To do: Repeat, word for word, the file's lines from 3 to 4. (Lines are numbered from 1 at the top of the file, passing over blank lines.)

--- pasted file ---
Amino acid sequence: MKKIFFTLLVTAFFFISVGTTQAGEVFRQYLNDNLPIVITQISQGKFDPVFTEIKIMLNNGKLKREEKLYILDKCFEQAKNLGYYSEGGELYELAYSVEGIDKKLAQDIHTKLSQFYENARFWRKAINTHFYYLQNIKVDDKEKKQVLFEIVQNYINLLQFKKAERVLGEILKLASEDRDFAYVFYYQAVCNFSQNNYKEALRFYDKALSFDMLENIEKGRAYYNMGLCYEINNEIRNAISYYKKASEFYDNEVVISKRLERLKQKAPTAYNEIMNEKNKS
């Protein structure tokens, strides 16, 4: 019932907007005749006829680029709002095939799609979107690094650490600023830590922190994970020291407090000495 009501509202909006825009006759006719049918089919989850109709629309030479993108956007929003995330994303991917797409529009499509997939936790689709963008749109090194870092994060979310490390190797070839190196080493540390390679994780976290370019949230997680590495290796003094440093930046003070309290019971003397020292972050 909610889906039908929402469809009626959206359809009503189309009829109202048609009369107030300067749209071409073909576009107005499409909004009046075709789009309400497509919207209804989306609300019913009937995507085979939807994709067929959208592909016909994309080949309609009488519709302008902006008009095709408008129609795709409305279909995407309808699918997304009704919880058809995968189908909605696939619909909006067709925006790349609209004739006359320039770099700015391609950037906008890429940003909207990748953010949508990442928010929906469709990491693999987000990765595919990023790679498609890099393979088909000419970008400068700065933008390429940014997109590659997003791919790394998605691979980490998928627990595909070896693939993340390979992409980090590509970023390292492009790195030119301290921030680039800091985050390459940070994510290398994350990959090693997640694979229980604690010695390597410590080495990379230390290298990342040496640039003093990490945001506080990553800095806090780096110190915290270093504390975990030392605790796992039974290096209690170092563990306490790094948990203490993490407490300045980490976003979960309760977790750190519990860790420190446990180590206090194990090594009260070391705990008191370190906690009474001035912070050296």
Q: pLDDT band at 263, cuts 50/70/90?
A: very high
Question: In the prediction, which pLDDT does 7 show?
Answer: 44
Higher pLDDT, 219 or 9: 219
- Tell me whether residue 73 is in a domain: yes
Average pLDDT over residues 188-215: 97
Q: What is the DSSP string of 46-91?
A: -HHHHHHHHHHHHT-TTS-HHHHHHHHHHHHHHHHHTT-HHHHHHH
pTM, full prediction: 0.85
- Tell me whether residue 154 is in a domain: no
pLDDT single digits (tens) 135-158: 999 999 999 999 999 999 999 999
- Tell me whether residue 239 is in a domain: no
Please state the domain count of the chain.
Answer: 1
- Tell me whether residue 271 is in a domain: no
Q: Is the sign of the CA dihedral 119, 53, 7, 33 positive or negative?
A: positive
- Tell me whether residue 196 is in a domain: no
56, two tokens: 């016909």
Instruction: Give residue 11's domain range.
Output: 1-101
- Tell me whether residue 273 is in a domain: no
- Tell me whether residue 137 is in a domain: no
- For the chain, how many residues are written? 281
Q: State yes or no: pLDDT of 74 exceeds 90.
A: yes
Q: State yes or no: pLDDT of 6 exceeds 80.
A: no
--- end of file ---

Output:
Q: pLDDT band at 263, cuts 50/70/90?
A: very high